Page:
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Analysis is Paralysis!

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Analysis is Paralysis!

The phrase is a quote from a French horn player I used to know. From a performer's view this is certainly true! But is it true generally? I have the impression that more and more analysis is being used as a tool to teach music composition. Graduate composition students often have to do an analysis of pieces they have written. This is reminiscent of what Schoenberg was doing in the transition from tonal to pan-tonal music. He would write a piece and then sit down and try and analyze what he had done. The process of creation was instinctive, but his idea was that he had to understand what structures or ideas underlay the music composition.

A lot of composers, I suspect, just write intuitively with perhaps the development of "filters" to trim down the possibilities to ones that are most useful. Other composers follow worked-out systems of composition (the serialists). Others create systems and move on to new systems with each piece (Stockhausen). Others modify traditional styles by distorting or stripping them down to essentials (Prokofiev? Feldman? Stravinsky?). Others are what theorists like to call "refractory to analysis" meaning probably that they just have no idea what is going on.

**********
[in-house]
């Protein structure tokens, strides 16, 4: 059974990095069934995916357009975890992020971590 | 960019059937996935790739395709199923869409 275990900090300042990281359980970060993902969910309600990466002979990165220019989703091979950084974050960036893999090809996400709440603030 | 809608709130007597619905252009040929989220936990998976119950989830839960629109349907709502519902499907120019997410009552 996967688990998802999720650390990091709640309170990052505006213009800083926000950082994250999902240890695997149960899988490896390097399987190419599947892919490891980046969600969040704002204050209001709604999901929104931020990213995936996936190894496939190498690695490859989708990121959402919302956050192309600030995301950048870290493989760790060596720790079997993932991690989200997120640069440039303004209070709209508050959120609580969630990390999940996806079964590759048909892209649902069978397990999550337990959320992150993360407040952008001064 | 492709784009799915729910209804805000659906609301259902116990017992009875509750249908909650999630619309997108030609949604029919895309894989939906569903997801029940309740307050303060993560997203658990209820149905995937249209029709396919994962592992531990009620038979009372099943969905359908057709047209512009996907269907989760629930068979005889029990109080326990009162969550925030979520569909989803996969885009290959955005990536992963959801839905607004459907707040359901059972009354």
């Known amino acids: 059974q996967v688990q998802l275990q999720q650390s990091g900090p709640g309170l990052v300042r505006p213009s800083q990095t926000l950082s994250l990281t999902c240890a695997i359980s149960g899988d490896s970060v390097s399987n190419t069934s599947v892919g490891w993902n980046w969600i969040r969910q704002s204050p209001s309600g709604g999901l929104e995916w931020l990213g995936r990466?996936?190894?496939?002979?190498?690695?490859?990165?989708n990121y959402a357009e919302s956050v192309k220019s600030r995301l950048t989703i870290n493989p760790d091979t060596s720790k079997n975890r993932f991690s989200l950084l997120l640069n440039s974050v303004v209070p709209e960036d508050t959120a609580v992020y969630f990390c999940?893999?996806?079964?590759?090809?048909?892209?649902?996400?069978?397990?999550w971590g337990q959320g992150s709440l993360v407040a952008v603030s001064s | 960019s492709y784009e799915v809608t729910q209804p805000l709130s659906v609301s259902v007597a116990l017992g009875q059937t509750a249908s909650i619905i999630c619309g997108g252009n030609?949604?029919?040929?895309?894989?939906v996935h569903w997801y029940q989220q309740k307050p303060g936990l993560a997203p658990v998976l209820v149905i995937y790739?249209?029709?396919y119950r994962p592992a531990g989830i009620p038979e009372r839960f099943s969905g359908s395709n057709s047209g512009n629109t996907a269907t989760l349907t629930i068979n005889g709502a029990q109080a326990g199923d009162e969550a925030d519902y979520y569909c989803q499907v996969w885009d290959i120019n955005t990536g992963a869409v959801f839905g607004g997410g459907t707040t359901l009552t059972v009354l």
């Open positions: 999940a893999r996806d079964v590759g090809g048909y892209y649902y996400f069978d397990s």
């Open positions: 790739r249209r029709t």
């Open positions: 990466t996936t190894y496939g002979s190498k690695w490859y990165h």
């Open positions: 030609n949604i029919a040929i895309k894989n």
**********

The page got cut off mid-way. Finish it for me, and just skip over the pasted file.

Music theory and music analysis are somewhat different animals. Music theory is the search for general principles of music construction while analysis is more focused on the specifics of individual pieces. They overlap to a considerable extent, of course.

I have been reading this book, which though a bit dated (1987), is proving to be very informative. The author was a professor at Southhampton University in England.


His writing style is clear and informative and he gives a good overview of various different approaches. Analysts seem to prefer shorter pieces as the process of analysis can be very exhausting and time-consuming. The first prelude in Bk I of the Well-Tempered Clavier is a particular favorite:



It is amazing how much analysis you can do of a two minute piece. Another popular one is the brief (two and a half minutes) song from Schubert's Die schöne Müllerin, "Das Wandern."


On first listening, both these pieces might sound very simple, trite even, but one thing analysis can do is refresh your listening so you are hearing with new ears.

In our everyday lives we are constantly hearing music in public spaces that is run-of-the-mill, routine music, music that sounds a lot like a lot of other music. This dulls our aesthetic sense so we become less capable of hearing into a piece, hearing past the surface.

So now that we are all locked down for a while, we can sit down and do some serious listening!

Right?


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